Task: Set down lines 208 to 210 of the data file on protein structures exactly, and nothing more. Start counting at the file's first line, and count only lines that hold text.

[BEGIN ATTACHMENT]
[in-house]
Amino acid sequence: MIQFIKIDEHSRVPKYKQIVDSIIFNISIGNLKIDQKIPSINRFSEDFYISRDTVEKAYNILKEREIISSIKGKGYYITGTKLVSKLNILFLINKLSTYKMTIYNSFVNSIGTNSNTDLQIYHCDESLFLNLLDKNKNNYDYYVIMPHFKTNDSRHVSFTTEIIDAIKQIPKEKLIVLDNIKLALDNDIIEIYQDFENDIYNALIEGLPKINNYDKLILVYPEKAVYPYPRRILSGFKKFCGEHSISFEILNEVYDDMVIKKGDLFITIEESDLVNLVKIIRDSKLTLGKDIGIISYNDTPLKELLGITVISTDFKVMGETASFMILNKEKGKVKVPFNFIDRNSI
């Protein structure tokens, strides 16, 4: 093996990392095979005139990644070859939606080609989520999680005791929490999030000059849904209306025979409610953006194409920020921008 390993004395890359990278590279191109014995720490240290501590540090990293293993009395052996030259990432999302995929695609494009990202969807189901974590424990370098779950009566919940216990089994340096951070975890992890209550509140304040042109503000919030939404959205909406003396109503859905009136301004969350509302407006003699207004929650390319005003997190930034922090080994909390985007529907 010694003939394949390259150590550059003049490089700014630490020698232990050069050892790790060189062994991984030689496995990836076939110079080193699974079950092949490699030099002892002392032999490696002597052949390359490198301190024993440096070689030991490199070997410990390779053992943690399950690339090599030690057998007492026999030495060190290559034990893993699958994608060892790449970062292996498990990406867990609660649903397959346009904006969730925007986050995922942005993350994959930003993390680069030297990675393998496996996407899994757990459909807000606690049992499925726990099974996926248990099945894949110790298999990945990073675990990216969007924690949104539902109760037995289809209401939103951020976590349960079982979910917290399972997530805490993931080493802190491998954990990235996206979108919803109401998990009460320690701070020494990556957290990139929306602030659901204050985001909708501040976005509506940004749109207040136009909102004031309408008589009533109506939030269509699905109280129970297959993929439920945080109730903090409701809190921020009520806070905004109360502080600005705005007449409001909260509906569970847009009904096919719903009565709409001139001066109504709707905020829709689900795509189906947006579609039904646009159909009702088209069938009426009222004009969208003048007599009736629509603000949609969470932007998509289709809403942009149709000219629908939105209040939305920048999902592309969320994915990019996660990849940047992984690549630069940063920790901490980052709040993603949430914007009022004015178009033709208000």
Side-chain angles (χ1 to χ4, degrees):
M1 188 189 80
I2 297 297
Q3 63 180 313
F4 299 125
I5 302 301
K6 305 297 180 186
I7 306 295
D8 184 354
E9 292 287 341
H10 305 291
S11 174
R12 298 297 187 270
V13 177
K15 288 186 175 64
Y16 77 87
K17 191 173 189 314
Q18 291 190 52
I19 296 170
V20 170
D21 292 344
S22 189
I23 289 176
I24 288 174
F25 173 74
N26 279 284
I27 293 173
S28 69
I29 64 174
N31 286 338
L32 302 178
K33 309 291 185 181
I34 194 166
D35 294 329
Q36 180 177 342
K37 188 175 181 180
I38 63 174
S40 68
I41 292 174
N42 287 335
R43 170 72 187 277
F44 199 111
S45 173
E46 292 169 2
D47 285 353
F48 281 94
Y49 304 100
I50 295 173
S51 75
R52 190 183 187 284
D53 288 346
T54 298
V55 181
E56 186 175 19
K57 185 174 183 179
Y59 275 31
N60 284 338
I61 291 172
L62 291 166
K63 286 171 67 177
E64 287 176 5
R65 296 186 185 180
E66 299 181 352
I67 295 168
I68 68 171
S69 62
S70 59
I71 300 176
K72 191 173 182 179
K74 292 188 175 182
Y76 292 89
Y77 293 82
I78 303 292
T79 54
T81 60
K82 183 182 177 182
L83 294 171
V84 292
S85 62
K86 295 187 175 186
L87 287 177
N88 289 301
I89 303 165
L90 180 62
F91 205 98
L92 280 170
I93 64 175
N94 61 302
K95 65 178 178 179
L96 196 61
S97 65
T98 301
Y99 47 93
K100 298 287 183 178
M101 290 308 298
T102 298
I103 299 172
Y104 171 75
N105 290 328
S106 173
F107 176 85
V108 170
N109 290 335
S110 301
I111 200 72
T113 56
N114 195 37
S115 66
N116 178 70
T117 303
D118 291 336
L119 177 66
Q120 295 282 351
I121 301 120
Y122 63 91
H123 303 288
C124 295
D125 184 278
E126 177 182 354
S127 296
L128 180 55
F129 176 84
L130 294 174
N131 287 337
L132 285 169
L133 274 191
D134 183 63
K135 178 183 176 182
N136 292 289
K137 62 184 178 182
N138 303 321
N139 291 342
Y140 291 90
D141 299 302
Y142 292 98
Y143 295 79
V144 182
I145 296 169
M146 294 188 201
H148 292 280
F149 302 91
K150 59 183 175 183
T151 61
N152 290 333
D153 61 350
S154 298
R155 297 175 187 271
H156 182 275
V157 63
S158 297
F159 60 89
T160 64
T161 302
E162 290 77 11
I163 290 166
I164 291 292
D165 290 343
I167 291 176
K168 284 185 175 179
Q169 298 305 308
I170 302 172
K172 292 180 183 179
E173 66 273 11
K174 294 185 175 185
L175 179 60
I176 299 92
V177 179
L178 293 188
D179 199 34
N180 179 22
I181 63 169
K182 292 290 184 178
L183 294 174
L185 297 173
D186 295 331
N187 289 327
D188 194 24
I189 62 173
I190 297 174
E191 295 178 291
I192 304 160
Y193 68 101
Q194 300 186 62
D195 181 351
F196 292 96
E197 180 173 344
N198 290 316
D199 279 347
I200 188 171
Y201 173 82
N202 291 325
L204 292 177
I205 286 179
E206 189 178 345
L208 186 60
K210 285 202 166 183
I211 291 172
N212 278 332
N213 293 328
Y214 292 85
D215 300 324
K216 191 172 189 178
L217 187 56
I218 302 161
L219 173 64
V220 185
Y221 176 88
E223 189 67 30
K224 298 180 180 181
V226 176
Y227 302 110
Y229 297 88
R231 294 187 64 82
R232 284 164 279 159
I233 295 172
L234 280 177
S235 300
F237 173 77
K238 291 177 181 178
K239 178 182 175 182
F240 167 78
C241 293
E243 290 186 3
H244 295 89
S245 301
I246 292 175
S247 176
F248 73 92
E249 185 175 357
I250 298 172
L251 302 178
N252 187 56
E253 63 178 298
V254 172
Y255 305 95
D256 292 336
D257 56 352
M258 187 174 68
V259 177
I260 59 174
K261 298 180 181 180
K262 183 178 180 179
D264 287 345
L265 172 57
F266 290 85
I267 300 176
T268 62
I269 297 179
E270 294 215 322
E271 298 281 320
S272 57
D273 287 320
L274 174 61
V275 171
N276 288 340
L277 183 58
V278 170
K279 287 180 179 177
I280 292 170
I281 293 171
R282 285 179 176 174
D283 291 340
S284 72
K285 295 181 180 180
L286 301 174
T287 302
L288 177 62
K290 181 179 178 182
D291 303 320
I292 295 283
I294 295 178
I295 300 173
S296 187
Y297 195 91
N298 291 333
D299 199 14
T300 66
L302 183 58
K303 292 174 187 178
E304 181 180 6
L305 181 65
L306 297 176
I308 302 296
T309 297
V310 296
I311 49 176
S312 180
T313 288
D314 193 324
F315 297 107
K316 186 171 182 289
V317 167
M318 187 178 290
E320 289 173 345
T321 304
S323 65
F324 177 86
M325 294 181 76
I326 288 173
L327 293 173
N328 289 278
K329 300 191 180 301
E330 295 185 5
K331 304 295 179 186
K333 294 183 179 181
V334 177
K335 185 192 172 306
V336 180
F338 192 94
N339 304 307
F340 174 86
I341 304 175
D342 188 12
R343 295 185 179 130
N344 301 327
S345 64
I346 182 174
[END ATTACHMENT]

L219 173 64
V220 185
Y221 176 88